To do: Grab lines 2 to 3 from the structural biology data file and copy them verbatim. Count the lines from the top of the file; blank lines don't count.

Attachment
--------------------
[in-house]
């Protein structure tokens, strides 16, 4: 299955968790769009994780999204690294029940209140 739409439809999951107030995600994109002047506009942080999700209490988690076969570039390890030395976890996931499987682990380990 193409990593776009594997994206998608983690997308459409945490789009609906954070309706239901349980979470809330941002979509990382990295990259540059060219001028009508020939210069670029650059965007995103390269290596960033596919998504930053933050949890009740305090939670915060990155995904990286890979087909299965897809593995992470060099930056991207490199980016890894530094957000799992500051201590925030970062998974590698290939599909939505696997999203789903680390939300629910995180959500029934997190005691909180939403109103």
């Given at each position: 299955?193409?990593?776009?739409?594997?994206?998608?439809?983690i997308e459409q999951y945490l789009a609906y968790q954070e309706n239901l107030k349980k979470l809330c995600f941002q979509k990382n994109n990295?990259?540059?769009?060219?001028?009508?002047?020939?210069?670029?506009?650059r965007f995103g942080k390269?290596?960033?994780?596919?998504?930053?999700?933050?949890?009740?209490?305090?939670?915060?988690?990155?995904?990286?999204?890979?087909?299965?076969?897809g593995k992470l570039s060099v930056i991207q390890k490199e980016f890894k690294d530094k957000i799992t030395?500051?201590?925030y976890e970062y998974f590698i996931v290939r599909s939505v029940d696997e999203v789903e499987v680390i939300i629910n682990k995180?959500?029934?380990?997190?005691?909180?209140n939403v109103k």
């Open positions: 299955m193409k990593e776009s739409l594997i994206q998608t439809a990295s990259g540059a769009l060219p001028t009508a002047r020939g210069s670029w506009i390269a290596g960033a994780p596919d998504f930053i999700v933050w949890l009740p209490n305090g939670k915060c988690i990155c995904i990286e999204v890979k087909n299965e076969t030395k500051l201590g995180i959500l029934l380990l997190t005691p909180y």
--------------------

């Protein structure tokens, strides 16, 4: 299955968790769009994780999204690294029940209140 739409439809999951107030995600994109002047506009942080999700209490988690076969570039390890030395976890996931499987682990380990 193409990593776009594997994206998608983690997308459409945490789009609906954070309706239901349980979470809330941002979509990382990295990259540059060219001028009508020939210069670029650059965007995103390269290596960033596919998504930053933050949890009740305090939670915060990155995904990286890979087909299965897809593995992470060099930056991207490199980016890894530094957000799992500051201590925030970062998974590698290939599909939505696997999203789903680390939300629910995180959500029934997190005691909180939403109103």
């Given at each position: 299955?193409?990593?776009?739409?594997?994206?998608?439809?983690i997308e459409q999951y945490l789009a609906y968790q954070e309706n239901l107030k349980k979470l809330c995600f941002q979509k990382n994109n990295?990259?540059?769009?060219?001028?009508?002047?020939?210069?670029?506009?650059r965007f995103g942080k390269?290596?960033?994780?596919?998504?930053?999700?933050?949890?009740?209490?305090?939670?915060?988690?990155?995904?990286?999204?890979?087909?299965?076969?897809g593995k992470l570039s060099v930056i991207q390890k490199e980016f890894k690294d530094k957000i799992t030395?500051?201590?925030y976890e970062y998974f590698i996931v290939r599909s939505v029940d696997e999203v789903e499987v680390i939300i629910n682990k995180?959500?029934?380990?997190?005691?909180?209140n939403v109103k």